Alcohol, c-spines, and lots of pus

A day late and a dollar short, but here it is, the Ercast summer Journal Club. As per usual, boy genius Adam Rowh, MD is in the house to give his take on the medical literature. In this episode, we discuss

  • Cervical spine clearance in the intoxicated patient (can you remove the collar if they have a negative CT?)
  • Is there utility to giving antibiotics to patients with simple cutaneous abscess?
  • Thrombolytics don’t give long term benefit to patients with submissive pulmonary embolism
  • Haloperidol is good for what ails you (if you have gastroparesis)
  • Steroids for bronchitis

Also mentioned in this show

  • Boneyard RPM IPA
  • Follow us on Facebook. It’s the new information portal for updates, questions, etc. If you want to contact me personally, use the contact link on this webstie
  • Now on to the education….

 

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Do patients with simple abscesses need antibiotics?

The answer for much of the antibiotic era has been no. I and D is sufficient treatment. But with the rise of MRSA, that thinking has been questioned. A paper by Talan in 2016 investigating TMP-Sulfa vs placebo for uncomplicated skin abscess suggested that TMP-Sulfa conferred a higher cure rate after I and D. Now comes a study of similar ilk but an additional treatment arm.

Study Basics

  • Title: Daum, Robert S., et al. “A placebo-controlled trial of antibiotics for smaller skin abscesses.” New England Journal of Medicine376.26 (2017): 2545-2555.PMID: 28657870
  • The patients: 786 patients with abscesses 5 cm diameter or less.
  • The treatment: After I and D placebo, patients received either placebo, clindamycin, or TMP-Sulfa
  • Primary endpoint: Clinical cure. This includes improvement of the treated abscess but ALSO no new abscesses forming elsewhere (that will come into play later)
  • The results: Compared to placebo, both clindamycin and TMP-Sulfa improved short-term outcome. Clinical cure was 83% clinda, 81% TMP-Sulfa, and 69% placebo. NNT of 8. There was not much difference between the different antibiotics, but big a difference compared to placebo

Looking under the hood (examining the details)

  • Treatment effect was only when staph was the culprit. When there was no staph isolated, the outcome was not influenced by antibiotics
  • Average surrounding erythema was over 2cm. This suggests that there was some cellulitis in these patients. Prior to this study, the common practice was to treat these patients with antibiotics. We recognize that it’s not always easy to delineate between redness from the abscess itself and spreading cellulitis. Our point of contention, that these abscesses also had cellulitis, may be making a big deal out of a small thing (or it could be the most legitimate criticism of the paper).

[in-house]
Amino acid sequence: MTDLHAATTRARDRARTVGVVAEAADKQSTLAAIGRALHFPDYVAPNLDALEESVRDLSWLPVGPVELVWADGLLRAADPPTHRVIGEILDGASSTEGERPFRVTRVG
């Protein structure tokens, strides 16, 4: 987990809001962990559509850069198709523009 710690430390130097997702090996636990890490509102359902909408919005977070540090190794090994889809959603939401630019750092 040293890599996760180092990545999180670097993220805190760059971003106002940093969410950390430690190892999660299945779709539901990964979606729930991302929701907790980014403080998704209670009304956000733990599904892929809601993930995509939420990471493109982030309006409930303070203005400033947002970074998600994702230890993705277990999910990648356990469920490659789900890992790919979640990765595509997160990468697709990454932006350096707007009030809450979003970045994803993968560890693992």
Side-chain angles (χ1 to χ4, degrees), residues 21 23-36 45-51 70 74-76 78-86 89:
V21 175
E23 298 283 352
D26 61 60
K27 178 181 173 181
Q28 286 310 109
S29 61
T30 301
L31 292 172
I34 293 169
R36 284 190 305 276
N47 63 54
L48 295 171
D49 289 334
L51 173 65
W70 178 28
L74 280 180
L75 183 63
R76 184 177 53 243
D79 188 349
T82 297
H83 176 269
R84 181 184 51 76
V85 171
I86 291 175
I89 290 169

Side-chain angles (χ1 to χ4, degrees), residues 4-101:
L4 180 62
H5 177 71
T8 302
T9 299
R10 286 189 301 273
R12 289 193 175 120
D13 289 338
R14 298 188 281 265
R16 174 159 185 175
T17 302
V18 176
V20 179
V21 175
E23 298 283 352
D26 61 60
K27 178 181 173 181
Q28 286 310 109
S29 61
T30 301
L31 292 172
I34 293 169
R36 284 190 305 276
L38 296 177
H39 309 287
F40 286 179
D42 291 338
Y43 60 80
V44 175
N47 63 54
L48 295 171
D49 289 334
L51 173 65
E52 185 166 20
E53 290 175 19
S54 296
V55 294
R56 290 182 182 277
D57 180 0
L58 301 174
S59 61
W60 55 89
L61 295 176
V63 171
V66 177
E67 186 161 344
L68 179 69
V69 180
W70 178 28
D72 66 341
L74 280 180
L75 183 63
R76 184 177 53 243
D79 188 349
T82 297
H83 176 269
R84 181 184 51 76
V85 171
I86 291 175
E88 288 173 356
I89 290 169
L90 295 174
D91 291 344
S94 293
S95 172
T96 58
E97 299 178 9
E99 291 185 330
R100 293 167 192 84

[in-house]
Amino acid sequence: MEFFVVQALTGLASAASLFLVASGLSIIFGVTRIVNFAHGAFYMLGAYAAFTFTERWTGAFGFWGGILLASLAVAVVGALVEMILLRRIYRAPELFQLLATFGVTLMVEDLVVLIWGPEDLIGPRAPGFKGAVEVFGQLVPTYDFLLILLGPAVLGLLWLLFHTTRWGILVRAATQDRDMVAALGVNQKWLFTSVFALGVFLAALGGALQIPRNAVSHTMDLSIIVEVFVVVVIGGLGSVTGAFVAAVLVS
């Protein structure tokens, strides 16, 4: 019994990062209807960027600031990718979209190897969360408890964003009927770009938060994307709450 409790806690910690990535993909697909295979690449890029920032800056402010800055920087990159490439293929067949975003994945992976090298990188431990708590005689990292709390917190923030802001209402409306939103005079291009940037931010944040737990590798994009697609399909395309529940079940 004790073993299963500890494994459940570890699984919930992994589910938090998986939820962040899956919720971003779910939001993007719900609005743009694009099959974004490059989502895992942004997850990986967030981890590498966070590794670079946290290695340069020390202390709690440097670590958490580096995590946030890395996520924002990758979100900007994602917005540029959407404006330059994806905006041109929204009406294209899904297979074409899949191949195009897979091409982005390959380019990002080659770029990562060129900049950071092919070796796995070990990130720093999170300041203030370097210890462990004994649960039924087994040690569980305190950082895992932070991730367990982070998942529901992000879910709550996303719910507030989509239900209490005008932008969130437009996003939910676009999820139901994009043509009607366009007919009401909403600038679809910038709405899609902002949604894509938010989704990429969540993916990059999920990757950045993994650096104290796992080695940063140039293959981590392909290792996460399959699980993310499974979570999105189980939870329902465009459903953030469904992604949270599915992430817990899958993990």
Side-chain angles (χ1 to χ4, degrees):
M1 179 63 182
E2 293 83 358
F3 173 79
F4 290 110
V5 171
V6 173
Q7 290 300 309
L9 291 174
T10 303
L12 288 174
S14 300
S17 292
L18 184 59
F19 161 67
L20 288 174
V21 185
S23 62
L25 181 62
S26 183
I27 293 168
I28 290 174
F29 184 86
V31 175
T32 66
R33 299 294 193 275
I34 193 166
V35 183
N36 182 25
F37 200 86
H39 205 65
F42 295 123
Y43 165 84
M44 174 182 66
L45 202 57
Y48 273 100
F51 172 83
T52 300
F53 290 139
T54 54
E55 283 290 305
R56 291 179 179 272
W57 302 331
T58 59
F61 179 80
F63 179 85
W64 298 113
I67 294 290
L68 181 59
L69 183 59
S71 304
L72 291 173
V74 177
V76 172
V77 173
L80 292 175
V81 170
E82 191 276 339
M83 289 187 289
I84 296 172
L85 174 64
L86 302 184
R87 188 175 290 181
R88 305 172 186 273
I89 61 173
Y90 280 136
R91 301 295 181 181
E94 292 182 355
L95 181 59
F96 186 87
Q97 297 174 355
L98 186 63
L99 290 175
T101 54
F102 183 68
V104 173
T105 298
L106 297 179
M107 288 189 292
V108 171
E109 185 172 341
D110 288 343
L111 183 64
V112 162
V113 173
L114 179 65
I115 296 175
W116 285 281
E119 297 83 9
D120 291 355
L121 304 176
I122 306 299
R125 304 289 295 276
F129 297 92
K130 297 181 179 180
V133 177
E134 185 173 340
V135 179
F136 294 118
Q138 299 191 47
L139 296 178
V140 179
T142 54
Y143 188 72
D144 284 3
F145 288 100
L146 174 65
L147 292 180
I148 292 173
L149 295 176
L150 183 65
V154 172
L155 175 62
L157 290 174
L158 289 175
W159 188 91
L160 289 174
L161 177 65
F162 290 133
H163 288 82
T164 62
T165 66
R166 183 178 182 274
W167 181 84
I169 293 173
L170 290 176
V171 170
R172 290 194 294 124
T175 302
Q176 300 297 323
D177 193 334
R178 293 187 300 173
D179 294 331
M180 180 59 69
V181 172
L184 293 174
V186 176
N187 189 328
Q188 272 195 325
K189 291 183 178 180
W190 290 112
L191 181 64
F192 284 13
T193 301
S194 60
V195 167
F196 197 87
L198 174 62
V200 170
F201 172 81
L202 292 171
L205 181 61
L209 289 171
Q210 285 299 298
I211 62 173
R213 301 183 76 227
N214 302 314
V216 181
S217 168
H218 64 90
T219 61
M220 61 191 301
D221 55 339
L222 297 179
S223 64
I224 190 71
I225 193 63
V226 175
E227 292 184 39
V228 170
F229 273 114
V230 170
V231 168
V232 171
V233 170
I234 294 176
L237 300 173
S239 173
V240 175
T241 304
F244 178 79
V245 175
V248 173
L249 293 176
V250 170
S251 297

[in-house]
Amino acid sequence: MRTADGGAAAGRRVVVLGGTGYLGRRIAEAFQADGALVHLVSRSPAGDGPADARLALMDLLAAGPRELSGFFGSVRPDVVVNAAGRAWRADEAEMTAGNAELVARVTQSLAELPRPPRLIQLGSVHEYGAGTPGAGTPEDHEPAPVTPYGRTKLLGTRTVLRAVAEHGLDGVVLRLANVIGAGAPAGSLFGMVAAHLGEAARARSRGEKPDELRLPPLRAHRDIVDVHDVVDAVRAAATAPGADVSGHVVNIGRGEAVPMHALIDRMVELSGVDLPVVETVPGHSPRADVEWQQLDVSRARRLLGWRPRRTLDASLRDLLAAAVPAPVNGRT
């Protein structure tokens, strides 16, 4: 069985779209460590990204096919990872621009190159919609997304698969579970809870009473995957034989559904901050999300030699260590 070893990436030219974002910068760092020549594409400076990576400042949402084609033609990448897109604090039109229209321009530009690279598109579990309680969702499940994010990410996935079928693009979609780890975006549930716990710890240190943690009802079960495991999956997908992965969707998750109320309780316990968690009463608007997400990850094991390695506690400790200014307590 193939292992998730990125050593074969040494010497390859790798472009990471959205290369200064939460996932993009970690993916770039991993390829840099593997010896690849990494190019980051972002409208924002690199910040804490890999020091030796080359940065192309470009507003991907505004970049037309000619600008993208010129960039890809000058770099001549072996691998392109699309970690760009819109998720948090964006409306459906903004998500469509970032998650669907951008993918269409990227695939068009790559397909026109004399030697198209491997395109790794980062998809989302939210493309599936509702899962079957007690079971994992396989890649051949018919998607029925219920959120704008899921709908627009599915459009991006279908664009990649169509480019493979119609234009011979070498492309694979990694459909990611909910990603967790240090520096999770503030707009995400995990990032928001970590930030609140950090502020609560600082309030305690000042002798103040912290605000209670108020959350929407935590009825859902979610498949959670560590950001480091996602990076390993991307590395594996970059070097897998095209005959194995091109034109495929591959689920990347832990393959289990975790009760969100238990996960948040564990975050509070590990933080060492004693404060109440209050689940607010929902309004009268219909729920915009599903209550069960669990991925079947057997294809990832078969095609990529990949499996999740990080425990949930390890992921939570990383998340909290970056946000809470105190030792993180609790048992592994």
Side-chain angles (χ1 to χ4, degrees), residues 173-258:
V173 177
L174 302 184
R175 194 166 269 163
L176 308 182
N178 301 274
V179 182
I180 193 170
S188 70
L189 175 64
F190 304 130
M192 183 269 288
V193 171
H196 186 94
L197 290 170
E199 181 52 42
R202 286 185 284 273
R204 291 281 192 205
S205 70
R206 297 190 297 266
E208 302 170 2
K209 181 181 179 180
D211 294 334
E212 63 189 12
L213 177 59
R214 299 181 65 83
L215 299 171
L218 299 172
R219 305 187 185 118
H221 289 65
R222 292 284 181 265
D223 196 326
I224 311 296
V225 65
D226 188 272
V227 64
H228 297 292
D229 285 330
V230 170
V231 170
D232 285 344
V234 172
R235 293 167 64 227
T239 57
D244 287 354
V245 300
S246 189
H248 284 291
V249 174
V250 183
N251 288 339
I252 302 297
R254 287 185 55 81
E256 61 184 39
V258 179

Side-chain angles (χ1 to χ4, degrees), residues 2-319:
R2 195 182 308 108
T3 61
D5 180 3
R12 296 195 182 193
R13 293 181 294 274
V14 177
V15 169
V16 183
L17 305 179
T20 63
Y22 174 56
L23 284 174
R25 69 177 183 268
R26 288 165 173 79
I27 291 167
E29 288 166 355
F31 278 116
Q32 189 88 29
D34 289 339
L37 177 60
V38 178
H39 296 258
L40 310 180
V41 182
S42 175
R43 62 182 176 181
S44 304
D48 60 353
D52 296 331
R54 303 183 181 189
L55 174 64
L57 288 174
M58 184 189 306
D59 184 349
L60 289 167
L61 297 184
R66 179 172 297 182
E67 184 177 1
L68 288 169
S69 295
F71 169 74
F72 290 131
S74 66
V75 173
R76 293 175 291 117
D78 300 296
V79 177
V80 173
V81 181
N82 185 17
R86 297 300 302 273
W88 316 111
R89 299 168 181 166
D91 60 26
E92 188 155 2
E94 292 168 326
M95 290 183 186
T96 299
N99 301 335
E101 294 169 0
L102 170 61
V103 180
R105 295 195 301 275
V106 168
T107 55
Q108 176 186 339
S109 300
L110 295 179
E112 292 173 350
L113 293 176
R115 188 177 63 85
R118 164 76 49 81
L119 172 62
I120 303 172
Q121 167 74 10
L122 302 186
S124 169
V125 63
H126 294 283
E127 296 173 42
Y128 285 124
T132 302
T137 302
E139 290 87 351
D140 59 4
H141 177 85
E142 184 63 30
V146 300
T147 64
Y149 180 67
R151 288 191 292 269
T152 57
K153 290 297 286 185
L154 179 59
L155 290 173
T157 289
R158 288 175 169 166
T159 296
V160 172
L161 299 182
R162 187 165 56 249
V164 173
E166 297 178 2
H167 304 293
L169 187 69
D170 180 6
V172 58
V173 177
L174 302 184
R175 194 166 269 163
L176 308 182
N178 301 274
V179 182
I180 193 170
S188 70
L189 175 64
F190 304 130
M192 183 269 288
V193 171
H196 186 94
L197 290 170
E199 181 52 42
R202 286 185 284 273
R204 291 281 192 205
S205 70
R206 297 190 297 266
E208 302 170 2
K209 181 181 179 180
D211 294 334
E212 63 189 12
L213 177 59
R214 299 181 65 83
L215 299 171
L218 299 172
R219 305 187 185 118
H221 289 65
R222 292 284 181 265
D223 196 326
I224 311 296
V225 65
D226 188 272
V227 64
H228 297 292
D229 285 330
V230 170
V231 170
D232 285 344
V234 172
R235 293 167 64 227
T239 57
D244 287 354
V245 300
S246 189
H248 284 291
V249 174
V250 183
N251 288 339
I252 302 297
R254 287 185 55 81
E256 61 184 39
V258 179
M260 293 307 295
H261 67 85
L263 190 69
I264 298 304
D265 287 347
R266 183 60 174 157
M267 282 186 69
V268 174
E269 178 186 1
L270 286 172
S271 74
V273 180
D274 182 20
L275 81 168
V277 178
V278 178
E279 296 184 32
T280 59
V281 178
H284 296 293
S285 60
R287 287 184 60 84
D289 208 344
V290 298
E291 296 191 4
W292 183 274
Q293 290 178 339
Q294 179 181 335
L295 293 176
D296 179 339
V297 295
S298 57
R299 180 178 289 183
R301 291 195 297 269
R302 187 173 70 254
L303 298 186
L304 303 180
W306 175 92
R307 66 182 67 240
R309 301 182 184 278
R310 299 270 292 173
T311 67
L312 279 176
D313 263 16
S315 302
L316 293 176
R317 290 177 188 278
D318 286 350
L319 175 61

• Treatment failure was mostly formation of new abscess and not worsening of the original abscess. While this is certainly a measurable effect, is it really a treatment failure? We argue that it is not. What’s probably happening here is decolonization on some level. That is pure conjecture, of course, and it’s certainly possible that there was autioinfection from the main abscess. 
  • Our bias:  We don’t want to give extra antibiotics. Coming into this paper, we were looking for any faults in the study that could confirm an ‘antibiotic stewardship’ approach.  If this was a paper showing even a small benefit for thrombolysis in the treatment of pulmonary embolism, we would look at in the exact opposite manner-where is the signal of benefit that says we might help patients.  
  • Will this change our management? Both Rob and Adam say it will not. We will continue to treat simple cutaneous abscesses (without surrounding erythema) with I and D alone. If the abscess is a recurrence or it is a patient with multiple abscesses, we will consider antibiotics.

 

C-spine clearance in the intoxicated patient

An intoxicated patient with moderate trauma has a pristine looking, completely normal, CT of the cervical spine. Do we need them to continue wearing their cervical collar until clinical sobriety? Enter our next study

Study Basics

  • Title: Schreiber, Martin, et al. “Cervical spine evaluation and clearance in the intoxicated patient: a prospective western trauma association multi-institutional trial and survey.” (2017). PMID: 28723840
  • The patients: About 10,000 moderate trauma patients, of who approx  3000 were TOX positive  (alcohol, drugs, or both). The average injury severity score was 11 (moderate trauma).
  • Intervention: CT cervical spine
  • Primary outcomes: Incidence and type of cervical spine injuries, accuracy of CT scan, and the impact of TOX+ on the time to cervical spine clearance